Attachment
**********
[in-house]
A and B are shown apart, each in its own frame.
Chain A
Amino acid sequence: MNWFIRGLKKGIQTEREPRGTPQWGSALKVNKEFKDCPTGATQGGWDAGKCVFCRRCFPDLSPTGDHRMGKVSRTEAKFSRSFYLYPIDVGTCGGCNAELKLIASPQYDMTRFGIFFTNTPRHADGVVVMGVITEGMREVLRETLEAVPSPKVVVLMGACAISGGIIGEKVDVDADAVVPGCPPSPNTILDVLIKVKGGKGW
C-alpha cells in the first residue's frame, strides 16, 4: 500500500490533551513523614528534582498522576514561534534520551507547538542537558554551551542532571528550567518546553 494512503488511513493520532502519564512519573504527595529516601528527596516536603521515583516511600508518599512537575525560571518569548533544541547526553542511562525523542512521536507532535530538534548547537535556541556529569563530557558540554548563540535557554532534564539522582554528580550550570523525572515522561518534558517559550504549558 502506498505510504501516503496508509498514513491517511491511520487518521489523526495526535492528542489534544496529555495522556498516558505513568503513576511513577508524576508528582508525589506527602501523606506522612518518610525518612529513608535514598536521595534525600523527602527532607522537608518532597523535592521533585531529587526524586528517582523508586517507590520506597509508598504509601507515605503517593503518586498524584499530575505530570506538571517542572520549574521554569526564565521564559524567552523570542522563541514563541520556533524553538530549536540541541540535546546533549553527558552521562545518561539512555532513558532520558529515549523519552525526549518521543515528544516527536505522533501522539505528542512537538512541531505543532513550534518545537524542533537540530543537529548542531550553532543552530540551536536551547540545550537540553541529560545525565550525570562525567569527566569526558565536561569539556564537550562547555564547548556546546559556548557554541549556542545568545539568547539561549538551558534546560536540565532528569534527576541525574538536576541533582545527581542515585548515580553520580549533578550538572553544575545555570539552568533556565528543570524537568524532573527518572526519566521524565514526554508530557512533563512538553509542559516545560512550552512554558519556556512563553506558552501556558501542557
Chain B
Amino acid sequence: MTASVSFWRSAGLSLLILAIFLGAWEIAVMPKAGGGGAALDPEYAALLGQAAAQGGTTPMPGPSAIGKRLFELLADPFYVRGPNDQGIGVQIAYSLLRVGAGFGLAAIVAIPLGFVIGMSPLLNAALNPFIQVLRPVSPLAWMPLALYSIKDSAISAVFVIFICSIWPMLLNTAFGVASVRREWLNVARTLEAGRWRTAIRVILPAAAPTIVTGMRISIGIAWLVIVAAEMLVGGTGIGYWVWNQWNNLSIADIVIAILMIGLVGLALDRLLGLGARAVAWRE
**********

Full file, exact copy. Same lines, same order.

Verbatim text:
[in-house]
A and B are shown apart, each in its own frame.
Chain A
Amino acid sequence: MNWFIRGLKKGIQTEREPRGTPQWGSALKVNKEFKDCPTGATQGGWDAGKCVFCRRCFPDLSPTGDHRMGKVSRTEAKFSRSFYLYPIDVGTCGGCNAELKLIASPQYDMTRFGIFFTNTPRHADGVVVMGVITEGMREVLRETLEAVPSPKVVVLMGACAISGGIIGEKVDVDADAVVPGCPPSPNTILDVLIKVKGGKGW
C-alpha cells in the first residue's frame, strides 16, 4: 500500500490533551513523614528534582498522576514561534534520551507547538542537558554551551542532571528550567518546553 494512503488511513493520532502519564512519573504527595529516601528527596516536603521515583516511600508518599512537575525560571518569548533544541547526553542511562525523542512521536507532535530538534548547537535556541556529569563530557558540554548563540535557554532534564539522582554528580550550570523525572515522561518534558517559550504549558 502506498505510504501516503496508509498514513491517511491511520487518521489523526495526535492528542489534544496529555495522556498516558505513568503513576511513577508524576508528582508525589506527602501523606506522612518518610525518612529513608535514598536521595534525600523527602527532607522537608518532597523535592521533585531529587526524586528517582523508586517507590520506597509508598504509601507515605503517593503518586498524584499530575505530570506538571517542572520549574521554569526564565521564559524567552523570542522563541514563541520556533524553538530549536540541541540535546546533549553527558552521562545518561539512555532513558532520558529515549523519552525526549518521543515528544516527536505522533501522539505528542512537538512541531505543532513550534518545537524542533537540530543537529548542531550553532543552530540551536536551547540545550537540553541529560545525565550525570562525567569527566569526558565536561569539556564537550562547555564547548556546546559556548557554541549556542545568545539568547539561549538551558534546560536540565532528569534527576541525574538536576541533582545527581542515585548515580553520580549533578550538572553544575545555570539552568533556565528543570524537568524532573527518572526519566521524565514526554508530557512533563512538553509542559516545560512550552512554558519556556512563553506558552501556558501542557
Chain B
Amino acid sequence: MTASVSFWRSAGLSLLILAIFLGAWEIAVMPKAGGGGAALDPEYAALLGQAAAQGGTTPMPGPSAIGKRLFELLADPFYVRGPNDQGIGVQIAYSLLRVGAGFGLAAIVAIPLGFVIGMSPLLNAALNPFIQVLRPVSPLAWMPLALYSIKDSAISAVFVIFICSIWPMLLNTAFGVASVRREWLNVARTLEAGRWRTAIRVILPAAAPTIVTGMRISIGIAWLVIVAAEMLVGGTGIGYWVWNQWNNLSIADIVIAILMIGLVGLALDRLLGLGARAVAWRE